The following is a conversation between three Sunday School volunteers. Volunteer #1 works in the third grade room. Volunteers #2 and #3 work in the fifth grade room…Let’s listen in on the conversation they had in the hallway after Sunday School…
Volunteer #1: “Have you seen Mrs. Cooper’s third grader? He sure is in a bratty mood today…”
Volunteer #2: “I know…and I heard that her preschool child knows some VERY colorful words. She is really mean to the other kids in the room, too. She’s a handful. At least that’s what I heard.”
Volunteer #3: “Oh, are you talking about the Cooper kids? Wow. They’re headed for trouble when they’re teenagers…”
Volunteer #1: “Yeah. Mrs. Cooper told the pastor that the third grader takes,” (lowering her voice to a whisper) “Medication for controlling anxiety. I’m only telling you that so you’ll pray for them. Don’t tell anyone else…”
Volunteer #3: “Oh, of course. Mrs. Cooper is really challenged by those kids.”
Volunteer #2: “Bless her heart.”
Think for a moment. What is wrong with this conversation?
If you answered, “Just about everything,” please give yourself a gold star, a pat on the back, and a piece of Dove dark chocolate.
Here is a summary of what bothers me…
- The conversation is taking place in a public area of the church
- Only one volunteer works directly with the Cooper children
- Volunteer #1 is spreading information given to a pastor
- Words like “bratty” and “mean” are not edifying or respectful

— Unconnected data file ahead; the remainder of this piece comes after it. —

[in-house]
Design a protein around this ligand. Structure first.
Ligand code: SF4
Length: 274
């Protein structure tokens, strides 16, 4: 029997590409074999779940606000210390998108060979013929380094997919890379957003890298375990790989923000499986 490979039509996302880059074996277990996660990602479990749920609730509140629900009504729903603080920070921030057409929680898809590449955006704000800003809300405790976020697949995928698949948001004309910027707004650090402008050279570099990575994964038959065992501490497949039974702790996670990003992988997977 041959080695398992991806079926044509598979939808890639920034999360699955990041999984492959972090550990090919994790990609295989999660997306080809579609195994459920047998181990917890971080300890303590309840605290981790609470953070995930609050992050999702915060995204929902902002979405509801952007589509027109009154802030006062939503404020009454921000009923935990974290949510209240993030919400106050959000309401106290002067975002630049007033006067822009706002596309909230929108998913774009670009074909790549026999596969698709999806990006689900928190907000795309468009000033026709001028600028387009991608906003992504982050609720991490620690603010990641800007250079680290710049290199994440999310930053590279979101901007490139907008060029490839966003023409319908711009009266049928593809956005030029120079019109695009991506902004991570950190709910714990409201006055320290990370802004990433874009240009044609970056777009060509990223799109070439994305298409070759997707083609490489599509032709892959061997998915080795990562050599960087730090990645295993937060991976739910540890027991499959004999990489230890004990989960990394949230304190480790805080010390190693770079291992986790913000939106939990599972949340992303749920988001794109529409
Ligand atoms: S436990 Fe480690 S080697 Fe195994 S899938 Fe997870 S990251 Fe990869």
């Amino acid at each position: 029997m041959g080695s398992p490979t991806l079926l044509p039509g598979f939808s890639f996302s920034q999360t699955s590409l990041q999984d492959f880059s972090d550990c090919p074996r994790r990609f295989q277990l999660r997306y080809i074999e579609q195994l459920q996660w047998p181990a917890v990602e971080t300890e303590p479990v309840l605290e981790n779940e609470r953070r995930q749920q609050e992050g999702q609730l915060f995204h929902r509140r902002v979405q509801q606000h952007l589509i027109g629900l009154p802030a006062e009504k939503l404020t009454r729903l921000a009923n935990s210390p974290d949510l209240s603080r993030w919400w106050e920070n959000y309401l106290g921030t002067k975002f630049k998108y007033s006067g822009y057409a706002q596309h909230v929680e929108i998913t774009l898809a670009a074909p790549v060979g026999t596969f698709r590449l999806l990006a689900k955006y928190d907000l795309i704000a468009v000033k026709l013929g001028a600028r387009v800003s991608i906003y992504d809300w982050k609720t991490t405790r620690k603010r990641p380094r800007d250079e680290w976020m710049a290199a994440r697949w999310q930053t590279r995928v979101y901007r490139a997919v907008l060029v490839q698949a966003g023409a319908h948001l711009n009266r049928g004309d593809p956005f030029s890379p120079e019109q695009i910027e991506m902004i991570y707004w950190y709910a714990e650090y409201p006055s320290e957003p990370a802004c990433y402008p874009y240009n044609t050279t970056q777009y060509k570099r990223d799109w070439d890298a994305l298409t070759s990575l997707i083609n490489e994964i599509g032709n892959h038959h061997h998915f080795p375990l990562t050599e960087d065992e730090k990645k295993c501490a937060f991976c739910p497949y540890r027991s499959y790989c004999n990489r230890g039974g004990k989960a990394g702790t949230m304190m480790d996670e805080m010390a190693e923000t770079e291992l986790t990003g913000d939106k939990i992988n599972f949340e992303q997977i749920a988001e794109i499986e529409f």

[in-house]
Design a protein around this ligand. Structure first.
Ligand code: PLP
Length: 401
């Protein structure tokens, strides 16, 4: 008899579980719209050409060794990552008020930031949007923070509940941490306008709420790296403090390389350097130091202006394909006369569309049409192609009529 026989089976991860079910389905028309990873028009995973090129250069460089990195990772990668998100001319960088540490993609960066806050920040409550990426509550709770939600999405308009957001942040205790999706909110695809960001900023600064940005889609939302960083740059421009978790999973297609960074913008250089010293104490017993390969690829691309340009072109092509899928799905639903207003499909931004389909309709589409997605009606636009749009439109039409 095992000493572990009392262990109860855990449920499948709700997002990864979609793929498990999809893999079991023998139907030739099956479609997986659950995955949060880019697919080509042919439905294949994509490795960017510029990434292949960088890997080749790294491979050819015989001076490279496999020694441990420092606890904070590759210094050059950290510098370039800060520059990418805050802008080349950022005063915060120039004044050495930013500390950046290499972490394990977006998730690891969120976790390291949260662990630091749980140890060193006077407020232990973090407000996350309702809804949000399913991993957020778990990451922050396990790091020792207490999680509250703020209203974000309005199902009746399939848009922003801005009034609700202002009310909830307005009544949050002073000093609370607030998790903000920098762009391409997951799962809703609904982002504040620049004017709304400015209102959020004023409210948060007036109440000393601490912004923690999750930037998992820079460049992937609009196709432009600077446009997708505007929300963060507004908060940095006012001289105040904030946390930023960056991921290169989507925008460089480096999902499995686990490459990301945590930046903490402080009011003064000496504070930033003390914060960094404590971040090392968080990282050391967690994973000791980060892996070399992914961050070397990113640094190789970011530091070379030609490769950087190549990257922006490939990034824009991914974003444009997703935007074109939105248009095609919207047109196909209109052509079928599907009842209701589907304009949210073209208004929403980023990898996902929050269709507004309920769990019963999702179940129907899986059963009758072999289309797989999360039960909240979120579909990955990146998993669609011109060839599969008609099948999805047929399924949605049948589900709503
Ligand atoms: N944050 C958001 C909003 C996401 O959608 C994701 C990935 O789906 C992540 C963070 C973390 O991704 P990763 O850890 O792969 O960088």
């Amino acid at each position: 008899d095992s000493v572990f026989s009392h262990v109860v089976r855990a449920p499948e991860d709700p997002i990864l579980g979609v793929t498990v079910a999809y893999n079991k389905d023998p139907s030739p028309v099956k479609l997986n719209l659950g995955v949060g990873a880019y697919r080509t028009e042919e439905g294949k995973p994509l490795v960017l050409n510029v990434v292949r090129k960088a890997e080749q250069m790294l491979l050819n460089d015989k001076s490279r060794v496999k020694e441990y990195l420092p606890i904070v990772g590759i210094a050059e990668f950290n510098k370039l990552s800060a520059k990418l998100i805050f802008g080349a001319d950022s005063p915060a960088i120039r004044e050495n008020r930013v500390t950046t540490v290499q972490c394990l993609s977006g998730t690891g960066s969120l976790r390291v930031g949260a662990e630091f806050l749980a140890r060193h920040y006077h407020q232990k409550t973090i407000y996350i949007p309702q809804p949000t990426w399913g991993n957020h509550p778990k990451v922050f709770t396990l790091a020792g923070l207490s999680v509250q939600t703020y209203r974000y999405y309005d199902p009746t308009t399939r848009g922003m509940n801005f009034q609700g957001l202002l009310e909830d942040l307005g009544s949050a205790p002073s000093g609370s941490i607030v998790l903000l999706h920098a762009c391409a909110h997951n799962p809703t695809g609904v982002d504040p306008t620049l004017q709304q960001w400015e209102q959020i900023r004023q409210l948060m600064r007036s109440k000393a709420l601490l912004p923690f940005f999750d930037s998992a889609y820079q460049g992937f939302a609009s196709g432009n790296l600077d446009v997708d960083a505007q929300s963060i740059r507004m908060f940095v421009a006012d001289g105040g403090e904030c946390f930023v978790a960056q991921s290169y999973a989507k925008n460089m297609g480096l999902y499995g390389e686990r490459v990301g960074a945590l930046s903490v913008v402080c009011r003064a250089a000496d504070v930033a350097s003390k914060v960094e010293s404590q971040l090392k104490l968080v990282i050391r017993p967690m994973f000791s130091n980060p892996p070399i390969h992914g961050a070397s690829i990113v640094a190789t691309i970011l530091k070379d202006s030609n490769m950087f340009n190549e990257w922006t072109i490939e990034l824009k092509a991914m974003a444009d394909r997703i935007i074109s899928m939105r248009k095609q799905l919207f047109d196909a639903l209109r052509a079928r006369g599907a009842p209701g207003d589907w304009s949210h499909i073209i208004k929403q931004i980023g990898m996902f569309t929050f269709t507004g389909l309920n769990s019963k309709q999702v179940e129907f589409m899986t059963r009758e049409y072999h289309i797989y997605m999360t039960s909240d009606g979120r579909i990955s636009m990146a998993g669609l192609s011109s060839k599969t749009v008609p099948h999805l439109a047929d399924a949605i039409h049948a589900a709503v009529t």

- The conversation focuses solely on the perceived problems
- The whole conversation is gossip
- The gossip is wrapped up in “Christianese” that is supposed to make it acceptable: “…pray for her” and the tagline, “bless her heart.”
What if Mrs. Cooper, or one of her children had overheard this? What is the likelihood that they might return to church?
Good communication in the millennium requires thought and effort. We need to choose our words carefully, with the goals of maintaining safety, improving our teaching and behavior management abilities, and nurturing the child’s and family’s spiritual growth.
We encourage each church to develop some guidelines for communication that will edify the Body of Christ while maintaining the dignity and confidentiality of each family. This document is one way to communicate this policy to volunteers and family members:
We will be talking more about online training and communication later this week; we’ll discuss how to do this in a positive way, who to include in these groups, and how to manage and moderate the information that is shared. Do you currently have an online training or communication group for your ministry? Email me at email@example.com and tell me about it! I’ll be interested in your ideas!
And, remember what your Grandma told you: “If you don’t have something nice to say, don’t say anything at all.”
Stay tuned for information on Communication rights and responsibilities, using technology effectively, and choosing words and phrases that build up rather than tear down.
AWESOME! These are great guidelines. Thanks so much for this.
Thanks, Aaron…your feedback means a lot. Any “best practices” about online communication you’d like to share?
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